Ironically ds1 now accesses the real world much more than he did at mainstream. At m/s he was taught separately and spent a lot of the day wandering around the school building/playground with his LSA. Now he goes out weekly to shops/cafes/playgrounds/picnics etc.

MeerkatsUnite Fri 10-Jun-05 12:45:22

Part of the overall problem is that the duty to assess and describe the provision of special needs falls on the same body that also has to pay. I feel these two issues need to be separated as there is an inherent conflict of interest.

No one policital party has an outstanding track record when it comes to the issue of children with SEN. IPSEA for instance take thousands of calls each years from parents who live in Labour, Lib Dem and Conservative controlled LEA's. The whole system needs to become more transparant and far less adversarial. If LEA officers are faced with a 200 page document (this is the SEN code of practice) and the more user friendly 24 page document called the SEN Toolkit there are no prizes for guessing which document they use most of all. The SEN code of practice says one thing and the Toolkit encourages LEA's to get out of providing services that they have a statutory duty to provide. Government is encouraging the LEA's to break the law when it comes to SEN provision on the basis of cost. If I can be cynical here for a moment, a council will come up with the funds for a visit by Princess Anne but when it comes to spending £300 on some equipment then that is a problem.

Its not a discretionary duty to provide services, its a statutory one.

heartinthecountry Fri 10-Jun-05 13:07:41

Agree Jimjams that mainstream is never going to be appropriate for some children, probably particular those with ASD (though my own personal knowledge isn't good enough to know that to be the case). That's why there needs to be a closer look at what kind of special schools are available, not just the number of them.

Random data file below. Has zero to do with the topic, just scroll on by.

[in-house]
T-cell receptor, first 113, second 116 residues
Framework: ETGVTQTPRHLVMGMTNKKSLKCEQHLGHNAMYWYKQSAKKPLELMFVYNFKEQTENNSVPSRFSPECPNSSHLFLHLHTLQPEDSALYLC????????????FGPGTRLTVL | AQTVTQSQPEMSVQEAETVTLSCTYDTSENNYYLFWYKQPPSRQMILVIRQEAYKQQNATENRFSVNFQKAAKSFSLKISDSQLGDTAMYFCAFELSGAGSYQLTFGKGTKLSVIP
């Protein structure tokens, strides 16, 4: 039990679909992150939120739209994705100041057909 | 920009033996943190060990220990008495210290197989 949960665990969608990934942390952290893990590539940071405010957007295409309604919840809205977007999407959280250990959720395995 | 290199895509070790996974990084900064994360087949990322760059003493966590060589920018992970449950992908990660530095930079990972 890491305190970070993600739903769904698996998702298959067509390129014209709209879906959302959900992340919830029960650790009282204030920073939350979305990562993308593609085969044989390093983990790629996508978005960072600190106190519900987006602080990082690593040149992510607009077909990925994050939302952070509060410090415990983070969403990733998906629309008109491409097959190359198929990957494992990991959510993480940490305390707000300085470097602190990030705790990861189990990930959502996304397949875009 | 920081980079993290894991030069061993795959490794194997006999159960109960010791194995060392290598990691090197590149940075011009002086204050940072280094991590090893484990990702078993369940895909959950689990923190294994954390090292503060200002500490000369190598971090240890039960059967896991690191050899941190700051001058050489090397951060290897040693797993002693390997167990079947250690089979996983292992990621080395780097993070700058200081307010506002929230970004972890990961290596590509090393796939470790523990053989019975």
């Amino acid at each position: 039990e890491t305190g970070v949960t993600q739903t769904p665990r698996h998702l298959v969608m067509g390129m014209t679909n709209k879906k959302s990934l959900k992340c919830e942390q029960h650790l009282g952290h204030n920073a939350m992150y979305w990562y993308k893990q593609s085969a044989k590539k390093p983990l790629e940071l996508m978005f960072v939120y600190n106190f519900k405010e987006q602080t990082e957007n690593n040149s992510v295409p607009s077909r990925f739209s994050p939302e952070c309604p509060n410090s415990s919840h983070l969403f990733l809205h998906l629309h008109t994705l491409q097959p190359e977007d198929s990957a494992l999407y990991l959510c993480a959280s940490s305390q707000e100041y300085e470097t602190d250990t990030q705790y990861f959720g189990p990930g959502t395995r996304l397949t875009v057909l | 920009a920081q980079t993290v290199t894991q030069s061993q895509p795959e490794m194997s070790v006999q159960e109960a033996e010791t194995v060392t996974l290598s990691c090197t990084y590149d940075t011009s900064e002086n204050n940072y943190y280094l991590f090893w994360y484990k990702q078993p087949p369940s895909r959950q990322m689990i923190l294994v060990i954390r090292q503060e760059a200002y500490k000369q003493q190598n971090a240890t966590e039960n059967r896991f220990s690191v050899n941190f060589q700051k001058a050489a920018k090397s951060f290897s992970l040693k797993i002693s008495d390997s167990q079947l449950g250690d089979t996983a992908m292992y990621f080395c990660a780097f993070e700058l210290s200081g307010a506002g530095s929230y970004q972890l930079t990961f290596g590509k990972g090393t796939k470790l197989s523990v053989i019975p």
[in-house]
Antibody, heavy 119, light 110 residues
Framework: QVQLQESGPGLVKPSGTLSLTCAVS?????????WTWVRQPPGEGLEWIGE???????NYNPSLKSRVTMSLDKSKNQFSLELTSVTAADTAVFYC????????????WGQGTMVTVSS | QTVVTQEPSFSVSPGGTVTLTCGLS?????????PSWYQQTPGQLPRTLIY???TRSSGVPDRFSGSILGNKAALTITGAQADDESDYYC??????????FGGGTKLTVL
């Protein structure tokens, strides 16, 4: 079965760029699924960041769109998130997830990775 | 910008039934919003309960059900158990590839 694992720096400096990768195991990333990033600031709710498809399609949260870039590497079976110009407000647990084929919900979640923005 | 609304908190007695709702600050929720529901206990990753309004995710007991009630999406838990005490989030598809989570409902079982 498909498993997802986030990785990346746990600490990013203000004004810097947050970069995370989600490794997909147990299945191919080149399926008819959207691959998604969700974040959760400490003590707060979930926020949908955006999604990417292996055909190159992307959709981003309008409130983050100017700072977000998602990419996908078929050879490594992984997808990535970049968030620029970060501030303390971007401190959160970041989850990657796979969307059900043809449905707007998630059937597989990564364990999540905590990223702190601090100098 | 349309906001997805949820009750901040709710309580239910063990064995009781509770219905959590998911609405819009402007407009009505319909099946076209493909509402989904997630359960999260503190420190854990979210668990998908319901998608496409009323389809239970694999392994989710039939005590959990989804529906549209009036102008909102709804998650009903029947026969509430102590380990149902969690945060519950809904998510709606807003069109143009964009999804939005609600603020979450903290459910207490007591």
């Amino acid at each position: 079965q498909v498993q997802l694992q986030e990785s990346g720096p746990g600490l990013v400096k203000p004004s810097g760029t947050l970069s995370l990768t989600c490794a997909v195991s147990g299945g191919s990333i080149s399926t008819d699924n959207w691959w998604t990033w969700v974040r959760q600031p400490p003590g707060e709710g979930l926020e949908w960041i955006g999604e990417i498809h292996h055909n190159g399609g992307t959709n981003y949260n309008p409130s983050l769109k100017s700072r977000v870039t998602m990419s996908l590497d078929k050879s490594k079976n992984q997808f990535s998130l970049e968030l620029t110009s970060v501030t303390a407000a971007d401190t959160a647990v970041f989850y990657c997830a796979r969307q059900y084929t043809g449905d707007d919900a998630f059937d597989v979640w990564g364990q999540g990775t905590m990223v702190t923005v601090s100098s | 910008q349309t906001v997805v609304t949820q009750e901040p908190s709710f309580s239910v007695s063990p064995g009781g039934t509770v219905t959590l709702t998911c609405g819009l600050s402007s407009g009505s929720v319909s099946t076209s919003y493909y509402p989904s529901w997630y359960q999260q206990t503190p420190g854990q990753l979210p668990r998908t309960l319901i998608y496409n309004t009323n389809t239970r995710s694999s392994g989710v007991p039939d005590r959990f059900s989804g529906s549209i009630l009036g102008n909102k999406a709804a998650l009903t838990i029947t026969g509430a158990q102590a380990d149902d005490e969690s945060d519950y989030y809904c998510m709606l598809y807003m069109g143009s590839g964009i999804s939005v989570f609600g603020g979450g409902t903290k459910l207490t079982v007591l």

Not sure I totally agree about mainstream being of no value to children who are unlikely to ever live independently. My dd will certainly never leave home, yet I do feel she would benefit from going to a mainstream nursery and possibly primary school - (I am not naive enough to think she will cope at secondary or even juniors) - as long as she has adequate support.

It obviously depends on the child. My dd loves being around other children - it totally animates her, it makes her happy. That is a very very important factor for me. Far more important than what she achieves academically. I know that she doesn't get the same 'buzz' from being at her SN nursery because tbh the kids there don't really interact much. Of course that could be different in a different nursery/school.

And now that she is starting to imitate much more, i do believe she would gain something from being with more 'able' children, though she will need support and help to learn how to interact meaningfully.

I think at the end of the day the most important thing is that parent's should be able to choose what they feel is right for their child, not be pushed into the only possible placement, or where an LEA or somebody else decides to place them.

Jimjams Fri 10-Jun-05 13:44:54

We probably agree HITC. DS1 enjoyed his m/s nursery - so much so that I nominated them for an NAS inclusion award. He was integrated and loved going.

School was a different matter- there social stuff takes a back seat very early on, and SATS etc kick in and suddenly the things he needs aren't provided anymore- worksheets are. The borader social stuff that was provided (plays/tree planting/sports day) he was excluded from and couldn't take part (was annpyed about the tree planting tbh- still not sure why he was left behind in an empty classroom- he would have liked being outside).

Jimjams Fri 10-Jun-05 13:52:59

thinking about it grrrrr I got used to being told how good it was the other children to have ds1 there- and yet only one girl invited him to a birthday party in the whole 4 terms he spent there- and she had known him since nursery and always had a bit of a crush on him

When I read the govt speak about inclusion a lot of it talks about the benefit to m/s peers- which is fine PROVIDING the disabled child doesn't suffer (which is what normally happpens).

heartinthecountry Fri 10-Jun-05 13:53:37

I think we probably do Jimjams .

I am probably still living inside the bubble where there is a perfect, accepting, inclusive mainstream school out there somewhere that will provide everything my dd needs - have no real doubt that it will be burst pretty soon!

Davros Fri 10-Jun-05 14:51:16

I thought the old moo was arguing for more choice and greater attention to individual needs, although I didn't watch it that closely.